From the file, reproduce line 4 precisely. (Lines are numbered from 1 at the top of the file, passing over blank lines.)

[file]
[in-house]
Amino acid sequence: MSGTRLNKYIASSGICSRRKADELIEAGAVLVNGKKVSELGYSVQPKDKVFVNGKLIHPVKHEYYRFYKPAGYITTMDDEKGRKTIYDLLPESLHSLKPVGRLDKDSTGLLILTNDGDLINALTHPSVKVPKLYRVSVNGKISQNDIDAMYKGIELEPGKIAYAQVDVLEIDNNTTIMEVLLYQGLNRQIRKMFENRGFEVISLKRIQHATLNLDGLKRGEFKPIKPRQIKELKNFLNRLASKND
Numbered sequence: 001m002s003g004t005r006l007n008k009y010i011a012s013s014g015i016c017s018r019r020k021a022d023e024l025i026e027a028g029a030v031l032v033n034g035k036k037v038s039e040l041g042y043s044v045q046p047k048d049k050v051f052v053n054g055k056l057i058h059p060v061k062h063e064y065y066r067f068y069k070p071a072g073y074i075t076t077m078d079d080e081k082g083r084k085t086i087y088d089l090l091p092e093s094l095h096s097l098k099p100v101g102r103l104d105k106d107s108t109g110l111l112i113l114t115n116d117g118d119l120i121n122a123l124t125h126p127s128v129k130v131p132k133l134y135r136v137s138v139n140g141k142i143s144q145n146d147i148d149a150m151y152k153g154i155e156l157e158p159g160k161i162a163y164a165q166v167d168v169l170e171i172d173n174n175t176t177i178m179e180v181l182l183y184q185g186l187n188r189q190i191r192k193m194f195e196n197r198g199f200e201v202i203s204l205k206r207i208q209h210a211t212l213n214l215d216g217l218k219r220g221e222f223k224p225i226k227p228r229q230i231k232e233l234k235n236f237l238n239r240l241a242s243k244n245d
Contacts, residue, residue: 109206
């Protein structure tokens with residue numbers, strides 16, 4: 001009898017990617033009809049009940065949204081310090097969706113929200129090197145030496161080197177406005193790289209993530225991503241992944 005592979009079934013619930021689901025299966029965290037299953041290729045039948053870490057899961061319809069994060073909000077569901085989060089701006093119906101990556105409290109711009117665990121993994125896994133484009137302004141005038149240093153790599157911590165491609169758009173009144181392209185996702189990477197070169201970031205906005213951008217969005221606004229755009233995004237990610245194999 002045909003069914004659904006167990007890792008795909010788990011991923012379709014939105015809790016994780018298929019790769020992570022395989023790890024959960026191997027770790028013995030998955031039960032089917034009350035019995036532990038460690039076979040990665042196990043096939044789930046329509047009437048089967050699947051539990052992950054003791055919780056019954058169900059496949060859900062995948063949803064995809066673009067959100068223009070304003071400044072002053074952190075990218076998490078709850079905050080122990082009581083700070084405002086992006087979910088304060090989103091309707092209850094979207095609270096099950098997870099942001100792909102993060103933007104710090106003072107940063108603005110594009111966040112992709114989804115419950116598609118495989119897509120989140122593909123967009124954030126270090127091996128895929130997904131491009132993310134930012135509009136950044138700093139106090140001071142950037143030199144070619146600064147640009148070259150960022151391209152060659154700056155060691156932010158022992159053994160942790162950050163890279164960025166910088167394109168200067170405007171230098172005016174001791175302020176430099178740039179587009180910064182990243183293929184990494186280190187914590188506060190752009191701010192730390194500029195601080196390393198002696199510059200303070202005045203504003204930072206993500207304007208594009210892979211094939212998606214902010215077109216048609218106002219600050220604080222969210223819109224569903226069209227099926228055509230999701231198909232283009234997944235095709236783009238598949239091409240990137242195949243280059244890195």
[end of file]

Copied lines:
Contacts, residue, residue: 109206